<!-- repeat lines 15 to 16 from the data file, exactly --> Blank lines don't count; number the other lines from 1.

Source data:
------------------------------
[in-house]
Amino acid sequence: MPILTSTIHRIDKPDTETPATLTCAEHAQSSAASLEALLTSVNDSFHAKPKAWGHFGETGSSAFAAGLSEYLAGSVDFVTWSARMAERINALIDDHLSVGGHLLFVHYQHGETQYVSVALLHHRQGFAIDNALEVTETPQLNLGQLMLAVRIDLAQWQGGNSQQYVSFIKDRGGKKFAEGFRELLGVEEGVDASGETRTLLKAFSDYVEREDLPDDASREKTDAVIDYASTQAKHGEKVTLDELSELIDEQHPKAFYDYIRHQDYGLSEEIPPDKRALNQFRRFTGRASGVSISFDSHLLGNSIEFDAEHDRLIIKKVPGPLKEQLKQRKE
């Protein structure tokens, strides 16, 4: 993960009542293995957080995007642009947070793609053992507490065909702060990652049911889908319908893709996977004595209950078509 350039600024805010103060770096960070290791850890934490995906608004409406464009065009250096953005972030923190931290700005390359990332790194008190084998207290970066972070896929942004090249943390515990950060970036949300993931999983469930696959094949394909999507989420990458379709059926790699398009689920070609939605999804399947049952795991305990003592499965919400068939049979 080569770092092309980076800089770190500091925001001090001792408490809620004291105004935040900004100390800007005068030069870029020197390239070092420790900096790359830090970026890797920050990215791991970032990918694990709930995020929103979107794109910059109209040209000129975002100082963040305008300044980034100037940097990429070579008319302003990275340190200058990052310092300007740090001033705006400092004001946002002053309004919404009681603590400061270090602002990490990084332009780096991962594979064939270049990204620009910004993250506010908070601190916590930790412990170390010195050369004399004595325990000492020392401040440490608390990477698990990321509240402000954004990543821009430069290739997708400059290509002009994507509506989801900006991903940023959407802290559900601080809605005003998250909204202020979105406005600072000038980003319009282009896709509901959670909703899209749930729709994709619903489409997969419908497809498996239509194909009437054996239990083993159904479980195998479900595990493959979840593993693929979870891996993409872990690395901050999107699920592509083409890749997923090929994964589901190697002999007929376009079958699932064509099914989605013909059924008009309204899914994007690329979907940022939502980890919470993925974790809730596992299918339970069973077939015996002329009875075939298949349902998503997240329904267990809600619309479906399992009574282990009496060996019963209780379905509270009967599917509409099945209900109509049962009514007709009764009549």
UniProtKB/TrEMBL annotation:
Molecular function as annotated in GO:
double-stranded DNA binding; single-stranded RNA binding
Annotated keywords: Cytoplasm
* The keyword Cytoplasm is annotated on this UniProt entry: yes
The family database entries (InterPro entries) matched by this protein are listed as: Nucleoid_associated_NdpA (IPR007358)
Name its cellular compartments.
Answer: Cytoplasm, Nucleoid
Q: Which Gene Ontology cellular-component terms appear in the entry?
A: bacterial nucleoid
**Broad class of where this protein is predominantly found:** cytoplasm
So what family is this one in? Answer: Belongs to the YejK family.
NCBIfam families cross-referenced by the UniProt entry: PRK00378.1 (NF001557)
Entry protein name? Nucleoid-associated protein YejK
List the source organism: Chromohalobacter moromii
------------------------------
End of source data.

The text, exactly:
So what family is this one in? Answer: Belongs to the YejK family.
NCBIfam families cross-referenced by the UniProt entry: PRK00378.1 (NF001557)